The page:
There are environmental zones in many regions of Europe. The EU has issued a directive that obliges its member states to keep the air clean. The environmental zones were therefore introduced by the individual states to protect their citizens from exhaust fumes and bad air. Some countries reduce only particulate matter, others additionally nitrogen oxides, ozone and sulphur dioxides or noise.
In Germany, there are more than 70 environmental zones, mostly in large cities. Hamburg is one of the few large cities that does not have a regular green environmental zone, but only diesel ban zones. In the Ruhr area, the zones are so close together that they partly merge into each other and cover large areas, so they have formed a common large environmental zone since 2012. France also has many environmental zones, some of which are always active, while others are only activated when the air is bad, and only then prohibit some vehicles from entering.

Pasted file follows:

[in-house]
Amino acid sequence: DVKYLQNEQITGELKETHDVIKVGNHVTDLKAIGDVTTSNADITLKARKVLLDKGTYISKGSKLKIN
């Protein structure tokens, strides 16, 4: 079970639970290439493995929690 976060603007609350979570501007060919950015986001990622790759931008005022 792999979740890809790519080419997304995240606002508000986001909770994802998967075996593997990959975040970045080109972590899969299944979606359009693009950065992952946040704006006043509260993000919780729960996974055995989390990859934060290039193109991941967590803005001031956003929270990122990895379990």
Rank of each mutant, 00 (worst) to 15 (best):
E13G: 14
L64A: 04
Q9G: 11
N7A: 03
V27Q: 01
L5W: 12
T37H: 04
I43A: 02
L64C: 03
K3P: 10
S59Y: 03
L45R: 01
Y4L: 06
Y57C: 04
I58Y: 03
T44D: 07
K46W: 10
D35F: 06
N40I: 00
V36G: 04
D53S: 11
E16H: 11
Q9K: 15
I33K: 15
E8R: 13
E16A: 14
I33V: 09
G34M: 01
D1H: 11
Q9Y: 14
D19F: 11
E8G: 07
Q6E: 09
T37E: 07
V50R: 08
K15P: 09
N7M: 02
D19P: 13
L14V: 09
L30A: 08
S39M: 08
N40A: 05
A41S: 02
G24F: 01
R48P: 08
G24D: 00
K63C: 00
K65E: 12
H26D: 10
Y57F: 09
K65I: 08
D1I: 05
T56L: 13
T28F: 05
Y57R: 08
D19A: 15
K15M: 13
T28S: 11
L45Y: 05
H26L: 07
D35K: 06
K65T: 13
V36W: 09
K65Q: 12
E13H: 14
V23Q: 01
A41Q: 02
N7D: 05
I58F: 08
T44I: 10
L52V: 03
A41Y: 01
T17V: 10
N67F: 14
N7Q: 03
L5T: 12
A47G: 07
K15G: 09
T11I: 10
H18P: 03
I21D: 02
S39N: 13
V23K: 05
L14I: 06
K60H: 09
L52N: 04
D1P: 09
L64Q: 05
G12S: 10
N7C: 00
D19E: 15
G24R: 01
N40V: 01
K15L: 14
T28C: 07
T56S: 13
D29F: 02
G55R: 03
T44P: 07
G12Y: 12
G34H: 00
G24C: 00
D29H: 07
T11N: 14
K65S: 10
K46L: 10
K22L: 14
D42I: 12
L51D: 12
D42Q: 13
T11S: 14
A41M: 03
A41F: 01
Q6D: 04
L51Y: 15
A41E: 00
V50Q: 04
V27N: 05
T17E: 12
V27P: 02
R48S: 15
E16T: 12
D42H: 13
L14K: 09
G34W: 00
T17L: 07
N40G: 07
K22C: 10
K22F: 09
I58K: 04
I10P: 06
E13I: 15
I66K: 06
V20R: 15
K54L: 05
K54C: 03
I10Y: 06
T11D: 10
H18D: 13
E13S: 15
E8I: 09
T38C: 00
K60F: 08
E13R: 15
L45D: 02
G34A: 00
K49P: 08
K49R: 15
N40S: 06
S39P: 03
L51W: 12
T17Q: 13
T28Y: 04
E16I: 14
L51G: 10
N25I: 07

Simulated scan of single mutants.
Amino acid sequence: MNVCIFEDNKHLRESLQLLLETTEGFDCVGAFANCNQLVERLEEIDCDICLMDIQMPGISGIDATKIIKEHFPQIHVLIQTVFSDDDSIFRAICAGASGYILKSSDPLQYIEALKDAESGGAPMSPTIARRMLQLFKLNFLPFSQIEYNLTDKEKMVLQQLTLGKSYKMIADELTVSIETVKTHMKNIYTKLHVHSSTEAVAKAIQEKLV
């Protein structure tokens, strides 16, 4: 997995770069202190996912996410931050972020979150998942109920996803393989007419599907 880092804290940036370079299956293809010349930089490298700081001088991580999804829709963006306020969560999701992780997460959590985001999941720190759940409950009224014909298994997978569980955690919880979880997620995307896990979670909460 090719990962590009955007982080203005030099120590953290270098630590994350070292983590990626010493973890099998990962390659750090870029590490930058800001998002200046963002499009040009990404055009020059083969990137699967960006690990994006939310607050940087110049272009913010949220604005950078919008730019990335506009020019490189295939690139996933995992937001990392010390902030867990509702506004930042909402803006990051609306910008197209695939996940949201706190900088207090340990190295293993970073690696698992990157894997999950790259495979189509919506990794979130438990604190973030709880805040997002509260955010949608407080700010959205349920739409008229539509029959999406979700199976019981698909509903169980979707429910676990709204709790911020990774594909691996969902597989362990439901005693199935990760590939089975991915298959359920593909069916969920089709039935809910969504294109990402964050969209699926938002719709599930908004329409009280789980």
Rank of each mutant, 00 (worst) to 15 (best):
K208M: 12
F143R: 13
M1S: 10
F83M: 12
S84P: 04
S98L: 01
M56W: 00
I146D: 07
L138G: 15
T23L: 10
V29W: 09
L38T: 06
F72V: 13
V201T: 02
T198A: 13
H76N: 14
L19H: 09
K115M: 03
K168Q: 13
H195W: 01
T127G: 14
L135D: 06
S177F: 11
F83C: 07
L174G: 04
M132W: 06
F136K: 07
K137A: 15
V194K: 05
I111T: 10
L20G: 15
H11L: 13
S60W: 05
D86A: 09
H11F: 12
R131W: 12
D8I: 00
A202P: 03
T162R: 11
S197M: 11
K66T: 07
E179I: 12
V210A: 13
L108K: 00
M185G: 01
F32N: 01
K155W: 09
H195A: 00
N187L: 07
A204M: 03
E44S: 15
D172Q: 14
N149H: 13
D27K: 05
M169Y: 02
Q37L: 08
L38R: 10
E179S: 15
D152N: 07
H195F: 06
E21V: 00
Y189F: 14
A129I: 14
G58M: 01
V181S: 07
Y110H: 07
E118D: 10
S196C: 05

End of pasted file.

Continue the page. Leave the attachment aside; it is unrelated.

Belgium and the Netherlands, as well as Spain, also have many environmental zones, mostly in large cities. In Austria, there are some that affect entire urban areas, such as in Vienna, or they also regulate who is allowed to drive on the motorways, which are often used by trucks and vans as a link between northern and southern Europe. Austria has so far also introduced the only noise protection zone in Europe. In Außerfern, motorbikes are only allowed a certain number of decibels when stationary. Italy, by the way, has the most environmental zones with over 200. Every small municipality often has its own rules. Chaos is inevitable.
In Denmark and the Scandinavian countries, as well as on the British Isles, there are some environmental zones, also mainly in the cities. London has two huge zones and even a small one just for electric vehicles. In Eastern Europe, only two cities have introduced environmental zones, but then several per city. There are two in Prague and a whole 17! zones in Budapest alone.
4,000 km - that's the distance between the northernmost environmental zone in Umea in Sweden and the southernmost in Athens in Greece. By car, it takes you an incredible 42 hours to cover the distance and you drive through or past 9 environmental zones, at least if you count Budapest as one zone.